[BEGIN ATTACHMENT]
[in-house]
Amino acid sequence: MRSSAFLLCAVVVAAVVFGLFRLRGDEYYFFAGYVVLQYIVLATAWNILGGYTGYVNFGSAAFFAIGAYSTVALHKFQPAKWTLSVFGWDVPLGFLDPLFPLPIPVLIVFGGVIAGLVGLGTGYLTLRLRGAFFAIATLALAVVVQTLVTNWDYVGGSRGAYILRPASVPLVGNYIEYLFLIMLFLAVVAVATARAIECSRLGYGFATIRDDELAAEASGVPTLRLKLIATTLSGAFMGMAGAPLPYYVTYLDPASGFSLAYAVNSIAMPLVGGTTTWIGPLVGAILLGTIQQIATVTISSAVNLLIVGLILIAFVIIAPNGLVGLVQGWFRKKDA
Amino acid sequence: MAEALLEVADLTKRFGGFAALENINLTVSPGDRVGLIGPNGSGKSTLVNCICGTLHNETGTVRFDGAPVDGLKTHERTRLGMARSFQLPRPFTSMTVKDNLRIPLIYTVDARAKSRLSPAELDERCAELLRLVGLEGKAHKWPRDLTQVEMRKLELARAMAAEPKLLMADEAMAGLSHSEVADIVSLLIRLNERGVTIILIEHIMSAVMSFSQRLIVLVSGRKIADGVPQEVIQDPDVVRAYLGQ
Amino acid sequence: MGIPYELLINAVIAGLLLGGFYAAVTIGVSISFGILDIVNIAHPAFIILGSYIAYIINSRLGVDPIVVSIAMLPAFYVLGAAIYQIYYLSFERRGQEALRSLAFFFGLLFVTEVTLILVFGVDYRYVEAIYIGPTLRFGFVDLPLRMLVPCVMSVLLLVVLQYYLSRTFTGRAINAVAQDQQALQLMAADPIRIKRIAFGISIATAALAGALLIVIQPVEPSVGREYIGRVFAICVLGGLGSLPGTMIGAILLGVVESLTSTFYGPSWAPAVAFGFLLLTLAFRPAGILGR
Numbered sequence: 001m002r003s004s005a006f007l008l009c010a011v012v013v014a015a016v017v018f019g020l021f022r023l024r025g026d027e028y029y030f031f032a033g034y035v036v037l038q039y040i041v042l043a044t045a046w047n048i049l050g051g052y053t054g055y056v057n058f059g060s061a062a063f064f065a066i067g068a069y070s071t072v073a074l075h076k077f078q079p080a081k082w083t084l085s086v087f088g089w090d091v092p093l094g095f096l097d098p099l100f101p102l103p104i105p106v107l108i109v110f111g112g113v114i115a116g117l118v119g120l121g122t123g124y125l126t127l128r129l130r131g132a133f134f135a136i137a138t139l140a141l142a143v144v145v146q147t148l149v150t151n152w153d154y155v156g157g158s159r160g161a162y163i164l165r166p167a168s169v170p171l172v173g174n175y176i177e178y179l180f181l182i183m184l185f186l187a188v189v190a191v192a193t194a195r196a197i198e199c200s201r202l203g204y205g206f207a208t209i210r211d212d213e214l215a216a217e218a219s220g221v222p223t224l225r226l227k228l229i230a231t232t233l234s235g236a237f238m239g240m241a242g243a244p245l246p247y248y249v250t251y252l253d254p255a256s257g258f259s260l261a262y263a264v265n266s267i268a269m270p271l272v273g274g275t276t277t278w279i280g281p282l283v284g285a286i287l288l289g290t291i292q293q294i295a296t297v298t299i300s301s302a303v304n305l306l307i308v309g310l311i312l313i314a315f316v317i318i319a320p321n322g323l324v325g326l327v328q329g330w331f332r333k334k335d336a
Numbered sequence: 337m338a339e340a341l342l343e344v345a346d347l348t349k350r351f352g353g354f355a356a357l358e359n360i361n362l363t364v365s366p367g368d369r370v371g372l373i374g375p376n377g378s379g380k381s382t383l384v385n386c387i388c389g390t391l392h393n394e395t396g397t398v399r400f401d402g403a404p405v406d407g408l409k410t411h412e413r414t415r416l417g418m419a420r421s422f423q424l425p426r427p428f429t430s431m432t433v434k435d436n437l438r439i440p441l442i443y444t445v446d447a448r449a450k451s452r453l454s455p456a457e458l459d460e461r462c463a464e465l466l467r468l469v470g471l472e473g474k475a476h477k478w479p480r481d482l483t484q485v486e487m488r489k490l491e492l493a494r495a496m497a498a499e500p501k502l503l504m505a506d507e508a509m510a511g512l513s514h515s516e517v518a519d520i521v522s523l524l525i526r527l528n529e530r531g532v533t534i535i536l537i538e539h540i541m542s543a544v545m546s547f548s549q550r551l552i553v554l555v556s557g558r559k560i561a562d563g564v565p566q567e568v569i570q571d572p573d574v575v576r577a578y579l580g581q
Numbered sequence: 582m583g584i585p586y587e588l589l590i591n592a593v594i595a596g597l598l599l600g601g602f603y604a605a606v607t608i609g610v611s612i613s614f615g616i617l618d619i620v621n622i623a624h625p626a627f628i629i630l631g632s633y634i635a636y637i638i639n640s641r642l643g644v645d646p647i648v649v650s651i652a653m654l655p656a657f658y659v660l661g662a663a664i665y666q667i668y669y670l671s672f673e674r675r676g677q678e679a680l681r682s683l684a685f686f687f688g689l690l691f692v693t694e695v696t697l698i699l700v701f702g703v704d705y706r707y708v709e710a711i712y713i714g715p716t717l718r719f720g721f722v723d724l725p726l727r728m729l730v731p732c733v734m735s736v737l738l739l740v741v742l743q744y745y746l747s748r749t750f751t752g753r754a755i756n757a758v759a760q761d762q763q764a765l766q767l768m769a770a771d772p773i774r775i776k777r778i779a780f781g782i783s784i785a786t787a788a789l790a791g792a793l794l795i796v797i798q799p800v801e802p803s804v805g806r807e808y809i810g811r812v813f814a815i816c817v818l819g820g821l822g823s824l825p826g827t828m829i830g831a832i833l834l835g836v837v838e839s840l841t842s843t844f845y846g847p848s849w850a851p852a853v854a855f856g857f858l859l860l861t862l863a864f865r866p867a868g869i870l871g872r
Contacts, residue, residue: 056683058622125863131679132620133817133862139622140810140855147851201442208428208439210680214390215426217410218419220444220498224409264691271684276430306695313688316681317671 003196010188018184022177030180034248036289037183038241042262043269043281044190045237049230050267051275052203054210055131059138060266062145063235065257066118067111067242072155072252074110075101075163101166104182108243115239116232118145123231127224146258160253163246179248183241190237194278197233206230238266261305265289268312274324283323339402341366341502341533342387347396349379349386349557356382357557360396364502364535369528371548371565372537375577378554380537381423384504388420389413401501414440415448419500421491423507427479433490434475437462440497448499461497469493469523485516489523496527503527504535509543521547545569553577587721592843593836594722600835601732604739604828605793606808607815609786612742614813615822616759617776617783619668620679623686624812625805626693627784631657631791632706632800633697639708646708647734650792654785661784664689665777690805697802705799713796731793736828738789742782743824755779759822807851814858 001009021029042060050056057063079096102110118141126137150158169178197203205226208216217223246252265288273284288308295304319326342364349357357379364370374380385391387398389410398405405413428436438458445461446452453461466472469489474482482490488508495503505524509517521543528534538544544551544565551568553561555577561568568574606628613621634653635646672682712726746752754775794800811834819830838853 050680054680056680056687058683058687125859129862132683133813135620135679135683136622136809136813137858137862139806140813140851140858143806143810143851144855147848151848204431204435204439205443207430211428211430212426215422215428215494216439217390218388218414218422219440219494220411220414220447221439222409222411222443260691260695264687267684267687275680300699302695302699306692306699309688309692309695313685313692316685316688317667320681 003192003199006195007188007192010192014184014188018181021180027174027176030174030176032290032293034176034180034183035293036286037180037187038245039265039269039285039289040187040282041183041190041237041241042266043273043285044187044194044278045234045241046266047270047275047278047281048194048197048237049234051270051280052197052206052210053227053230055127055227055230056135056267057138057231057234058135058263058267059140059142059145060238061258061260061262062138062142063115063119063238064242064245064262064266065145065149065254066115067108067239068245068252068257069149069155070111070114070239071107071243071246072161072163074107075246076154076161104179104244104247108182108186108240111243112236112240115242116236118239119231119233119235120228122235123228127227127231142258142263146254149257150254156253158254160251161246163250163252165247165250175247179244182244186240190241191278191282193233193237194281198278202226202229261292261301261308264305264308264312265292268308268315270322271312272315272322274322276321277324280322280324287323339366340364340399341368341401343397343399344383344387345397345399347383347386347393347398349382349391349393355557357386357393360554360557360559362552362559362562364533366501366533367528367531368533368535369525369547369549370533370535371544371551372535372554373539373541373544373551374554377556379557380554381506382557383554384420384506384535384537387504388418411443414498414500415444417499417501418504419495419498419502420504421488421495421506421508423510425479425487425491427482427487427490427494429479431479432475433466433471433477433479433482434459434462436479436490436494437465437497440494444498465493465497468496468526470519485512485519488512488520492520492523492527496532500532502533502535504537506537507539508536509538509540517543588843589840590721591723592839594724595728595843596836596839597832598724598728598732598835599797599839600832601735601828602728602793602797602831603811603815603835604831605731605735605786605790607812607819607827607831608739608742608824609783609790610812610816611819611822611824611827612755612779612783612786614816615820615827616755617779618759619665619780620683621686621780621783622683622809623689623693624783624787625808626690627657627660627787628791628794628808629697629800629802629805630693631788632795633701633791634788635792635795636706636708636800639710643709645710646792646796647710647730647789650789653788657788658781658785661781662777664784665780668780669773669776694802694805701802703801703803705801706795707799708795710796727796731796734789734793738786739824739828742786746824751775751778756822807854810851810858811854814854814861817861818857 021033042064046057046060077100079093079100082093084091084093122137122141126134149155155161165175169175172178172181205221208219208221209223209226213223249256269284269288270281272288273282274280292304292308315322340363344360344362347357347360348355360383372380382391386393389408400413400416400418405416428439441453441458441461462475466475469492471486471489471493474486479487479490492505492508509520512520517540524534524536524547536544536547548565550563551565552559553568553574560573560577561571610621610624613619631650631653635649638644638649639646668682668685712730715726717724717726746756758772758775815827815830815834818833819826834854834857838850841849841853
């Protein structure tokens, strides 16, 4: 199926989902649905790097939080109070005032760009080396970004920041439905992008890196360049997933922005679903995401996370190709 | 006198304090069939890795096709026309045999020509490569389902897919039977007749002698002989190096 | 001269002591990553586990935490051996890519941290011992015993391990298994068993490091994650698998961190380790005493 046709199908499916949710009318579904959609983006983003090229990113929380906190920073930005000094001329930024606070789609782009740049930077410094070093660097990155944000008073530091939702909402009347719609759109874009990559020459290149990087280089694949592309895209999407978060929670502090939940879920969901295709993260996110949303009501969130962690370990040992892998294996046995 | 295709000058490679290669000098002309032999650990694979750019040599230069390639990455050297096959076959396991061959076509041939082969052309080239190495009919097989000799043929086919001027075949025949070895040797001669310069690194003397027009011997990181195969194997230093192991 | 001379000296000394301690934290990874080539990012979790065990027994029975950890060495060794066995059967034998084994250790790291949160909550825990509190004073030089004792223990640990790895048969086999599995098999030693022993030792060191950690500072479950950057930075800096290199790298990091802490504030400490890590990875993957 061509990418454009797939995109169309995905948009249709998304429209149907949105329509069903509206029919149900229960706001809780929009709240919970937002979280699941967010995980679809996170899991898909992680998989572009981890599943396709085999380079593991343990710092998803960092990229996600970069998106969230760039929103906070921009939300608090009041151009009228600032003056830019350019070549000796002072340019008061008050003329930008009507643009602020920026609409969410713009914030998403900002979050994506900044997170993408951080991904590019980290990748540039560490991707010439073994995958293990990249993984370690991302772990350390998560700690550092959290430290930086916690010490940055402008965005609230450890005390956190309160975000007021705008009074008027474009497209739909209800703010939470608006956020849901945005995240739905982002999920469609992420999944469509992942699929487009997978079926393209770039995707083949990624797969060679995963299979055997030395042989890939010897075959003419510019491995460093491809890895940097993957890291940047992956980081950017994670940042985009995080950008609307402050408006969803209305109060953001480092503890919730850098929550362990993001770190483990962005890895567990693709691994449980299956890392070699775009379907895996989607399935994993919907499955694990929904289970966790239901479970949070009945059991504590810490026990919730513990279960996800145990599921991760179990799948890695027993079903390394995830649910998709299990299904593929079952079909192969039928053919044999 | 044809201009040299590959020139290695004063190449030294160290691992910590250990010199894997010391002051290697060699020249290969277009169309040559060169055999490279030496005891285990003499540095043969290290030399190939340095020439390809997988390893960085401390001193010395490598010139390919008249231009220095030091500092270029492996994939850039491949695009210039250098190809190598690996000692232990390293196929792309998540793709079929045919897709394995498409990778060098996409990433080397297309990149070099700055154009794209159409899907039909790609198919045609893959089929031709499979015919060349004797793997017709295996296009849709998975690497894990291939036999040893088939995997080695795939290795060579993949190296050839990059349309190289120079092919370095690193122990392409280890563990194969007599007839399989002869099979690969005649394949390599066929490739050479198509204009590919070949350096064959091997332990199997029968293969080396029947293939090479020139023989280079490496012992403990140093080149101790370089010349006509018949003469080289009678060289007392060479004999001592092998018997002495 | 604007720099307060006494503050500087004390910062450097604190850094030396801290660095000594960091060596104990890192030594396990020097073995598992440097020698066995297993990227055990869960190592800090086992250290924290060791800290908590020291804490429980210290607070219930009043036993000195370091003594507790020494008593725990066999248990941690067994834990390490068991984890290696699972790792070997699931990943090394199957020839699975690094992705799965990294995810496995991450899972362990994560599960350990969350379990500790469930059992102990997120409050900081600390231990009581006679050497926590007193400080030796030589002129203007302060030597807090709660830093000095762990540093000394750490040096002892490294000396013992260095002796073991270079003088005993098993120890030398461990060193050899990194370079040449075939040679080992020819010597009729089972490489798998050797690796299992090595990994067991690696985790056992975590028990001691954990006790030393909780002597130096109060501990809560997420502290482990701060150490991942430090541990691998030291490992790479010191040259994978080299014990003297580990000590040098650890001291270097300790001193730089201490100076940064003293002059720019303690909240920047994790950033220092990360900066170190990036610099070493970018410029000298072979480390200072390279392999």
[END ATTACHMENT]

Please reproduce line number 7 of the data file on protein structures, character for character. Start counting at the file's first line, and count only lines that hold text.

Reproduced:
Numbered sequence: 582m583g584i585p586y587e588l589l590i591n592a593v594i595a596g597l598l599l600g601g602f603y604a605a606v607t608i609g610v611s612i613s614f615g616i617l618d619i620v621n622i623a624h625p626a627f628i629i630l631g632s633y634i635a636y637i638i639n640s641r642l643g644v645d646p647i648v649v650s651i652a653m654l655p656a657f658y659v660l661g662a663a664i665y666q667i668y669y670l671s672f673e674r675r676g677q678e679a680l681r682s683l684a685f686f687f688g689l690l691f692v693t694e695v696t697l698i699l700v701f702g703v704d705y706r707y708v709e710a711i712y713i714g715p716t717l718r719f720g721f722v723d724l725p726l727r728m729l730v731p732c733v734m735s736v737l738l739l740v741v742l743q744y745y746l747s748r749t750f751t752g753r754a755i756n757a758v759a760q761d762q763q764a765l766q767l768m769a770a771d772p773i774r775i776k777r778i779a780f781g782i783s784i785a786t787a788a789l790a791g792a793l794l795i796v797i798q799p800v801e802p803s804v805g806r807e808y809i810g811r812v813f814a815i816c817v818l819g820g821l822g823s824l825p826g827t828m829i830g831a832i833l834l835g836v837v838e839s840l841t842s843t844f845y846g847p848s849w850a851p852a853v854a855f856g857f858l859l860l861t862l863a864f865r866p867a868g869i870l871g872r